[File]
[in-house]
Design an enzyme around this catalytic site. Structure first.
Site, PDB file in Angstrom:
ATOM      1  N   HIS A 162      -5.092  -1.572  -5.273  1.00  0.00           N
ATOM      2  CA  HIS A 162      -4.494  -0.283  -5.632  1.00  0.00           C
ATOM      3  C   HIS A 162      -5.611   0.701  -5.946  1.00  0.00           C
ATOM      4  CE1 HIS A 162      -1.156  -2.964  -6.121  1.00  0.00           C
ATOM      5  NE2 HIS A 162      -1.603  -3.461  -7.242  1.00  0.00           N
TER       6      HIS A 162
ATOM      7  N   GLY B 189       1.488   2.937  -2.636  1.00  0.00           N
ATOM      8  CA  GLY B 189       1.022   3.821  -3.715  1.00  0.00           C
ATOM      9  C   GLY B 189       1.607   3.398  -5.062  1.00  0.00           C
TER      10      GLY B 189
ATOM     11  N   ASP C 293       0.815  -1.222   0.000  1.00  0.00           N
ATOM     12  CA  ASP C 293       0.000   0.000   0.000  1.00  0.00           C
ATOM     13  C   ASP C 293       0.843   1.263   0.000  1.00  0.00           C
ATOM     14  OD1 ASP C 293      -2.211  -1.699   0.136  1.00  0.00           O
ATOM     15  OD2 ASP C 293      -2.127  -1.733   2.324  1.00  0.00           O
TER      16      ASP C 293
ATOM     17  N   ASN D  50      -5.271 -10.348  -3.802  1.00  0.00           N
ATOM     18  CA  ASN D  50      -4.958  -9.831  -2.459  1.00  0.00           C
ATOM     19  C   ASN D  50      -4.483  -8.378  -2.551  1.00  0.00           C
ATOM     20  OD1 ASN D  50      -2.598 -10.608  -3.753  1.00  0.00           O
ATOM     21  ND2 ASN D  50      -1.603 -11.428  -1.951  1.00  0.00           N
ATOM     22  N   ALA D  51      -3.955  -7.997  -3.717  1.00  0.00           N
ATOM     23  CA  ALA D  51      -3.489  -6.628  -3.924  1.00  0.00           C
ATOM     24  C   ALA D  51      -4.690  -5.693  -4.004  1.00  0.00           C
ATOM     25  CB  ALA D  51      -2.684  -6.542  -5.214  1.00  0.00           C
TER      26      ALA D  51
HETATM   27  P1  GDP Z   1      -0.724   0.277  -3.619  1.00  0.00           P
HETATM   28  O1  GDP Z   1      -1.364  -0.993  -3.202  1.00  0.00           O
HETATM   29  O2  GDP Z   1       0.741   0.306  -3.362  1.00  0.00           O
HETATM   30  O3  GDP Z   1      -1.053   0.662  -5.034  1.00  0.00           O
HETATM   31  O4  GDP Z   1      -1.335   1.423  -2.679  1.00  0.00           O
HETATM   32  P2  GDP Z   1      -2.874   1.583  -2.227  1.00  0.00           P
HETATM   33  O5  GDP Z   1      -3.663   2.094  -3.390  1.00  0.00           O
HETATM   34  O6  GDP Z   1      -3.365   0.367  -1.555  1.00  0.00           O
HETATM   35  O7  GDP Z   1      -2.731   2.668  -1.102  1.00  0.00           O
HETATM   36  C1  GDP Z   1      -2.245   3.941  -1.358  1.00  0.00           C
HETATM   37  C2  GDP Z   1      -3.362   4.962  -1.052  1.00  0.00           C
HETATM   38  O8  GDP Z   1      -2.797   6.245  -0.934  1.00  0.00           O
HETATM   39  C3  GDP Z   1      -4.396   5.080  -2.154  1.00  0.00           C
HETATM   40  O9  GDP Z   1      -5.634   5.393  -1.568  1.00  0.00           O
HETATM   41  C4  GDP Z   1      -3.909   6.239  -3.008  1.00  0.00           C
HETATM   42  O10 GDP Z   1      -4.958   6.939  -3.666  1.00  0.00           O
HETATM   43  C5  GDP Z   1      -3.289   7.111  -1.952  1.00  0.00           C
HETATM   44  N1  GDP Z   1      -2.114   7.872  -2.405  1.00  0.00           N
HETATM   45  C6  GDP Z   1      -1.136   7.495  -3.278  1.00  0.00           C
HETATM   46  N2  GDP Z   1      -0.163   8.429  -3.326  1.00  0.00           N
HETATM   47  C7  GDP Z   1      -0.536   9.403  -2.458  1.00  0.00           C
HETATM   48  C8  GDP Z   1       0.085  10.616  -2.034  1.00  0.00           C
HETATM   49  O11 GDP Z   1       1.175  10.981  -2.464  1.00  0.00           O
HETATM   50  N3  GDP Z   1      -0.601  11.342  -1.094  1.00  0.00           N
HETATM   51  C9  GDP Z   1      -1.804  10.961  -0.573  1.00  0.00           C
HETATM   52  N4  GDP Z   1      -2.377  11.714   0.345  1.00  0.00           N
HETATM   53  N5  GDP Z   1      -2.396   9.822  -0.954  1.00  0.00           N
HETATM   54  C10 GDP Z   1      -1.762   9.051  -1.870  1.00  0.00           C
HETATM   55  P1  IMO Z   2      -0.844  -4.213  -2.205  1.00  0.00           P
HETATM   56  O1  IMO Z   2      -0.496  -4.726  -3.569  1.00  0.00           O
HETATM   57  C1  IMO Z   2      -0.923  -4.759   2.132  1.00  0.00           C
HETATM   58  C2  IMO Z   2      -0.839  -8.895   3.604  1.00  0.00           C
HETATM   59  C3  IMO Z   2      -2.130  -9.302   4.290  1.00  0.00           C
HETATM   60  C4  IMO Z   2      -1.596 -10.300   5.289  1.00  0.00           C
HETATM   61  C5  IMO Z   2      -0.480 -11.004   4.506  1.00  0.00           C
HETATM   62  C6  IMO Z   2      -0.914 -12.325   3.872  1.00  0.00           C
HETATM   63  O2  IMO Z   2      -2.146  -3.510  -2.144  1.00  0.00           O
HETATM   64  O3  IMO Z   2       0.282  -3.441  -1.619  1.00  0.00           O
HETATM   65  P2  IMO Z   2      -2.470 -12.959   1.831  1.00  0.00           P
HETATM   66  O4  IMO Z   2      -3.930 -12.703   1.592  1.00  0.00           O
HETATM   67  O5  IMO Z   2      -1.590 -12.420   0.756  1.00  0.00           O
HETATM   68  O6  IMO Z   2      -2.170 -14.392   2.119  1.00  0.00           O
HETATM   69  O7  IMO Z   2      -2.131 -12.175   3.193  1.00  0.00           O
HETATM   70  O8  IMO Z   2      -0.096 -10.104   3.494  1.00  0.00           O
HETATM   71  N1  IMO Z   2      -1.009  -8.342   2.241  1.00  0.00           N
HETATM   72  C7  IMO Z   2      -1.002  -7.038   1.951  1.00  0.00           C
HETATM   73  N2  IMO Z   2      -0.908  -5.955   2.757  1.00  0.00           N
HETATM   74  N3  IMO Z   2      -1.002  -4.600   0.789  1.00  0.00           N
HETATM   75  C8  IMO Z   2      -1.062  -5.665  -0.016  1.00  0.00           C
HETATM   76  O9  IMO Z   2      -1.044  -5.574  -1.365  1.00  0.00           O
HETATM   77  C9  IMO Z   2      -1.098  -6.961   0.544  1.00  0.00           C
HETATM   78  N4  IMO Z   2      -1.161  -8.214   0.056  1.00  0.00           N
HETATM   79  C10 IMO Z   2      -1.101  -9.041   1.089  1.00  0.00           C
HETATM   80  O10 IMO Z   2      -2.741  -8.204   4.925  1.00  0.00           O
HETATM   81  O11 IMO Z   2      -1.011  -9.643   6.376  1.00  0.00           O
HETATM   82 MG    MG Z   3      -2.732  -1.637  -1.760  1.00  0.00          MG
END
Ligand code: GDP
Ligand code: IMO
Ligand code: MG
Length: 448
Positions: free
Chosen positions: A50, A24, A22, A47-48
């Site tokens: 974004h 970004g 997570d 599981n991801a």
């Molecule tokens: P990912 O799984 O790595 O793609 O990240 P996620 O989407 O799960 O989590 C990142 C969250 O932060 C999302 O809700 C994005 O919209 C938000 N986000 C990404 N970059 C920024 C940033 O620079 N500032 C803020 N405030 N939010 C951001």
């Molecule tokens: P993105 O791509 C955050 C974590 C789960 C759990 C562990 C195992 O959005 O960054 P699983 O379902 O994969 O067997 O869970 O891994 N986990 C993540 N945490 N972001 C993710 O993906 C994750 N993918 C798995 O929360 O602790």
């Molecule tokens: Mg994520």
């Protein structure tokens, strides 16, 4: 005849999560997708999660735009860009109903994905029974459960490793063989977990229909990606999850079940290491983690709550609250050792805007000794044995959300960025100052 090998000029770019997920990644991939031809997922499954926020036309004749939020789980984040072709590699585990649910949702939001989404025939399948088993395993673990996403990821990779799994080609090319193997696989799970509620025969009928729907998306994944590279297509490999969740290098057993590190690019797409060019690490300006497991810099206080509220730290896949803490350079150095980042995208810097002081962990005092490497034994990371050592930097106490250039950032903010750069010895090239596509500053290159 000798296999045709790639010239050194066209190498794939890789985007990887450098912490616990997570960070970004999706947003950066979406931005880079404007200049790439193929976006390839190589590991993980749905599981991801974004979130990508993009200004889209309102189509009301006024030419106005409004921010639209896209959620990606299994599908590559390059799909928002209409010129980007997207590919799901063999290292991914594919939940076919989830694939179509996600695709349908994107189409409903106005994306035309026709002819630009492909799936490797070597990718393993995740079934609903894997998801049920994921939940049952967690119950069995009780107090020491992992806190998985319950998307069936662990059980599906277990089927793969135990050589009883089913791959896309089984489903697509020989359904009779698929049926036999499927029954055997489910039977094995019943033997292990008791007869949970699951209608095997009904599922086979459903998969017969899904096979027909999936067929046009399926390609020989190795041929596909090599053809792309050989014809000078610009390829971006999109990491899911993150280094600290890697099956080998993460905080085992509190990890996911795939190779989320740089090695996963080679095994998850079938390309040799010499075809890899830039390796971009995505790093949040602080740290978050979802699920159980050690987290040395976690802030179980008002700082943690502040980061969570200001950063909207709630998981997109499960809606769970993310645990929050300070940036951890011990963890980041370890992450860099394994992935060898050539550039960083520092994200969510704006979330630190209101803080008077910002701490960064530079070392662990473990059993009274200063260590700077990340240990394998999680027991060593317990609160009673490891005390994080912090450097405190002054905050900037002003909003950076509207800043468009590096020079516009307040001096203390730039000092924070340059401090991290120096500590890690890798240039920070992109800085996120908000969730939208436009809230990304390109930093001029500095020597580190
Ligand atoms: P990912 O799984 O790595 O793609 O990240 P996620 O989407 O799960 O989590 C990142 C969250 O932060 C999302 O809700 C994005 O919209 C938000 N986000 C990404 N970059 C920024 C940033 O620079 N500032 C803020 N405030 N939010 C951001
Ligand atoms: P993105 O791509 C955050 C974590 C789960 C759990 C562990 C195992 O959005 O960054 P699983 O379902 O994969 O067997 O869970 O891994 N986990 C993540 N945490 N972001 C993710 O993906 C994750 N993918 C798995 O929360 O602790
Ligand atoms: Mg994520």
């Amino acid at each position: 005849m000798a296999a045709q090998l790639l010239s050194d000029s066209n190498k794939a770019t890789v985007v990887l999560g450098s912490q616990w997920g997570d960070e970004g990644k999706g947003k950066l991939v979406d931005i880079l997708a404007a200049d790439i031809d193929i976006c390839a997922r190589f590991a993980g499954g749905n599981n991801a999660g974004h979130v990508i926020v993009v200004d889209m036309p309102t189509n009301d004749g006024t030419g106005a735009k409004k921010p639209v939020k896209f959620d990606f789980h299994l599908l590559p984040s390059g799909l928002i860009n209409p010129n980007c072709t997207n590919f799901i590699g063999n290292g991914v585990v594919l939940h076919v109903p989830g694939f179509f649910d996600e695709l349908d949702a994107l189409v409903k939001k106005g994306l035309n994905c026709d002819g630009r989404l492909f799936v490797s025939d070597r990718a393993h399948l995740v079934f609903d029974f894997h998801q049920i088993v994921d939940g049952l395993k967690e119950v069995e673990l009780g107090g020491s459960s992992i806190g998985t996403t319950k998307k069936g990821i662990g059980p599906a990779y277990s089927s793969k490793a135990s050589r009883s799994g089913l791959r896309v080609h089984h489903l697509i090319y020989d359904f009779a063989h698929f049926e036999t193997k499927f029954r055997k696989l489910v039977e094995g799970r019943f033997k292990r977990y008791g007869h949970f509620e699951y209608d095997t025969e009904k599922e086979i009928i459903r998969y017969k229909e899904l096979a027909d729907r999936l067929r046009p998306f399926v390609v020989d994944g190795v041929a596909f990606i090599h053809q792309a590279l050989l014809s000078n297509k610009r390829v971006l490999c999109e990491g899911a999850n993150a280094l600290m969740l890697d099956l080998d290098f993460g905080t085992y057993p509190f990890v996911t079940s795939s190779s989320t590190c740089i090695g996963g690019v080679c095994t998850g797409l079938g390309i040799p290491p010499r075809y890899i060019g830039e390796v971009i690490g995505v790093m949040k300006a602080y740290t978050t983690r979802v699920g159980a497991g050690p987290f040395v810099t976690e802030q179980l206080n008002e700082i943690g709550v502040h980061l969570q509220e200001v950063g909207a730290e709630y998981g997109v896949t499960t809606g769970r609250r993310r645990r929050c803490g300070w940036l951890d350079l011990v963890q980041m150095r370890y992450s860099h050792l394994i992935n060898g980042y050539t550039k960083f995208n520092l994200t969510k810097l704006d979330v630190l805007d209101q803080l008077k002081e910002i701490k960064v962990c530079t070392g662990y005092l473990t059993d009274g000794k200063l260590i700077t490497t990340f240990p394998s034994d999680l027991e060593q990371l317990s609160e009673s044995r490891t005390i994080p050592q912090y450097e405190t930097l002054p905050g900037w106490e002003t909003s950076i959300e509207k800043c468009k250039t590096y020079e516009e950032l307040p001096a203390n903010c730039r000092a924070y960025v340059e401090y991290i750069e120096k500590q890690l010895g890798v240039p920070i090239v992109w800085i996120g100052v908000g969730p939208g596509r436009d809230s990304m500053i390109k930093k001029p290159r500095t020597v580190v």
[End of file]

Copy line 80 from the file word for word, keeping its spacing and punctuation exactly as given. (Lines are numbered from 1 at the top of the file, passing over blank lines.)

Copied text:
HETATM   77  C9  IMO Z   2      -1.098  -6.961   0.544  1.00  0.00           C